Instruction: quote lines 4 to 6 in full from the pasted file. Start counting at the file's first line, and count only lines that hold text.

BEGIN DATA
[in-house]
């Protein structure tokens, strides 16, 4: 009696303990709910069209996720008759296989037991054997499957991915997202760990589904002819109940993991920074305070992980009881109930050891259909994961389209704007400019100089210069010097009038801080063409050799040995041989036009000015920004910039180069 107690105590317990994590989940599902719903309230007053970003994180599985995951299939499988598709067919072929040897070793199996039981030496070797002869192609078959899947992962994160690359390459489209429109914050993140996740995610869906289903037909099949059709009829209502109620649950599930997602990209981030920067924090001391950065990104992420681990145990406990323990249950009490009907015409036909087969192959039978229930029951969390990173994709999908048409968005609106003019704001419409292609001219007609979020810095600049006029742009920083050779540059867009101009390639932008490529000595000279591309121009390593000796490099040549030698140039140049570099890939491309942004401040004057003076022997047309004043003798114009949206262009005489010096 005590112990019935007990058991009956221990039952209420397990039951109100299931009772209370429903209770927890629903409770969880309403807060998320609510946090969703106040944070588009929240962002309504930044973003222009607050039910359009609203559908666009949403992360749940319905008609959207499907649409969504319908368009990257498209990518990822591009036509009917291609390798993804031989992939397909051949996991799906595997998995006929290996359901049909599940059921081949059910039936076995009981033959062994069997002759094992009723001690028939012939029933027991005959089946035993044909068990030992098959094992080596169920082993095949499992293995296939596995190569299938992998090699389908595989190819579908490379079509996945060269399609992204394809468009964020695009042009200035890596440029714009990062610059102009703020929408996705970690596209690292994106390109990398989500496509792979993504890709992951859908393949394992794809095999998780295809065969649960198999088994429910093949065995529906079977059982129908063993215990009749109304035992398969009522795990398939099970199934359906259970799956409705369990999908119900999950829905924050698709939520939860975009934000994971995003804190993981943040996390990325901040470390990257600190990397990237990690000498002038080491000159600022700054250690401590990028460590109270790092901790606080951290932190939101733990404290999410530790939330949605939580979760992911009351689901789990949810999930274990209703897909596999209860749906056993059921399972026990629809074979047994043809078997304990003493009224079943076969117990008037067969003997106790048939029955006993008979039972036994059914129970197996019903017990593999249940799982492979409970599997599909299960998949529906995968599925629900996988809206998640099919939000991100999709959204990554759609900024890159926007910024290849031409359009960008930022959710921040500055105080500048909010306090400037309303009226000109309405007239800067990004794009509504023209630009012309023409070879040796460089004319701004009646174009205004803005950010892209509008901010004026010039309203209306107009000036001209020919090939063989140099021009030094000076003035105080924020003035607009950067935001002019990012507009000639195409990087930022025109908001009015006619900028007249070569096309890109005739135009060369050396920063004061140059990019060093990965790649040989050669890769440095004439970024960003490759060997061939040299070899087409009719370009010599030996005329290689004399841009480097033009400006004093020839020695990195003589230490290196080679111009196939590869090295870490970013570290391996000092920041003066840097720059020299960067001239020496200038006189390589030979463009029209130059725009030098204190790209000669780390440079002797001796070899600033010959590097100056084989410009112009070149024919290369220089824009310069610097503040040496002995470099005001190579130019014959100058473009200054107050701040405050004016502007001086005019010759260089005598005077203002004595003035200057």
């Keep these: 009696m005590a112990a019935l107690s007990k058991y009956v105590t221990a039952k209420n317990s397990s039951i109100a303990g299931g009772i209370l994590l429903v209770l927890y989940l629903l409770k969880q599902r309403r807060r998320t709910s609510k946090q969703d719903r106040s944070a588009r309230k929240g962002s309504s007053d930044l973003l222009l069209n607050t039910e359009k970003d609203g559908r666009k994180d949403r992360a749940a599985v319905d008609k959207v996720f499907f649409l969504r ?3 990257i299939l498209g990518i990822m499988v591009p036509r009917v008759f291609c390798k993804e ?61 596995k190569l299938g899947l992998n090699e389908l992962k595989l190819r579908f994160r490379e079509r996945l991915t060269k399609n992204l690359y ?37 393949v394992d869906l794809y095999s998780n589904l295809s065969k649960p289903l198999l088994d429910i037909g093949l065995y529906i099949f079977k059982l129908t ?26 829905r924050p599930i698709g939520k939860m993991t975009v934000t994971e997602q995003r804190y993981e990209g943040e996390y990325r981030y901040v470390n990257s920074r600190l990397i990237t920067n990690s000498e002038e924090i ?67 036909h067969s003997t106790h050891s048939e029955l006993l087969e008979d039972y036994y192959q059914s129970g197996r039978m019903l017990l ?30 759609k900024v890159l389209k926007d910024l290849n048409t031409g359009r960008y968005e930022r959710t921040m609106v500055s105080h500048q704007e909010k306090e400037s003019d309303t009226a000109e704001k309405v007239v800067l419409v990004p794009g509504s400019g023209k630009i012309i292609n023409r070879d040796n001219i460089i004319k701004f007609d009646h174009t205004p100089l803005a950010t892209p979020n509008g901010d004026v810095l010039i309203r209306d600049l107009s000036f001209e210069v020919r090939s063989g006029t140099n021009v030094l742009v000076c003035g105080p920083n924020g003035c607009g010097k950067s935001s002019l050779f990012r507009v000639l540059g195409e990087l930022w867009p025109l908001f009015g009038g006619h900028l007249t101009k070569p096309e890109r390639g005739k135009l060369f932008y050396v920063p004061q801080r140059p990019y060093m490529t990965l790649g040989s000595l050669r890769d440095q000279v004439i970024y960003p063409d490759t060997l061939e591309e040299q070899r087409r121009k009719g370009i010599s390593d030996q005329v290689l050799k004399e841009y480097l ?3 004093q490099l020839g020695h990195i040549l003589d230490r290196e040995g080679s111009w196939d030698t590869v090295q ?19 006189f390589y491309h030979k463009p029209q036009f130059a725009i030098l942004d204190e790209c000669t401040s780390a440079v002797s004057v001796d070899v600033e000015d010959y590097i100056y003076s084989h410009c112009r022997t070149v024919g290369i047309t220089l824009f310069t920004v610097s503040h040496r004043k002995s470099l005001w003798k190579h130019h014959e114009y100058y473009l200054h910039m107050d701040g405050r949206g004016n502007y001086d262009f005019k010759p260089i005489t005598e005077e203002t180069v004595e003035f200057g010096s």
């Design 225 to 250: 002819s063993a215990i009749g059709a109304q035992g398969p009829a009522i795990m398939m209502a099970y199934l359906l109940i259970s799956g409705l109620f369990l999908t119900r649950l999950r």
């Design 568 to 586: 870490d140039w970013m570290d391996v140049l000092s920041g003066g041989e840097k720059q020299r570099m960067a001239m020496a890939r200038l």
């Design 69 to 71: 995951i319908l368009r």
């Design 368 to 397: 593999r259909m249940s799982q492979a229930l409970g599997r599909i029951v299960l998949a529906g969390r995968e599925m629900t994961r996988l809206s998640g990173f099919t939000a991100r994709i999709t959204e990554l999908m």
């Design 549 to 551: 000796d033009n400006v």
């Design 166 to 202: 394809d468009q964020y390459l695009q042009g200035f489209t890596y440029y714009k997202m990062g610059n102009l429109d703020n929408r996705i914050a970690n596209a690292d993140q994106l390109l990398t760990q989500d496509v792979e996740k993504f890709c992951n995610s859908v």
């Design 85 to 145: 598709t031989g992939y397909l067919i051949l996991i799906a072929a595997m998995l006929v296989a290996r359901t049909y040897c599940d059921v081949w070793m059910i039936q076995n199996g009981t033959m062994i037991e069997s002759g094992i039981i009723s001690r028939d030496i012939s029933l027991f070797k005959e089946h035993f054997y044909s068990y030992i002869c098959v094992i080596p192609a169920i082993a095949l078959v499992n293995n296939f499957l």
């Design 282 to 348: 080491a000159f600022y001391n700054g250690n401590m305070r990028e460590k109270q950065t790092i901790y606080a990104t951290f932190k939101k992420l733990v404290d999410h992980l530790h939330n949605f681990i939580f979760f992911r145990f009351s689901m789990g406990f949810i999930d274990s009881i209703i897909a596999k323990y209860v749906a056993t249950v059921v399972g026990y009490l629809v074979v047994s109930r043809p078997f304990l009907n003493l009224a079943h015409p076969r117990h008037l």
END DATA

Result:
């Design 225 to 250: 002819s063993a215990i009749g059709a109304q035992g398969p009829a009522i795990m398939m209502a099970y199934l359906l109940i259970s799956g409705l109620f369990l999908t119900r649950l999950r």
């Design 568 to 586: 870490d140039w970013m570290d391996v140049l000092s920041g003066g041989e840097k720059q020299r570099m960067a001239m020496a890939r200038l």
């Design 69 to 71: 995951i319908l368009r």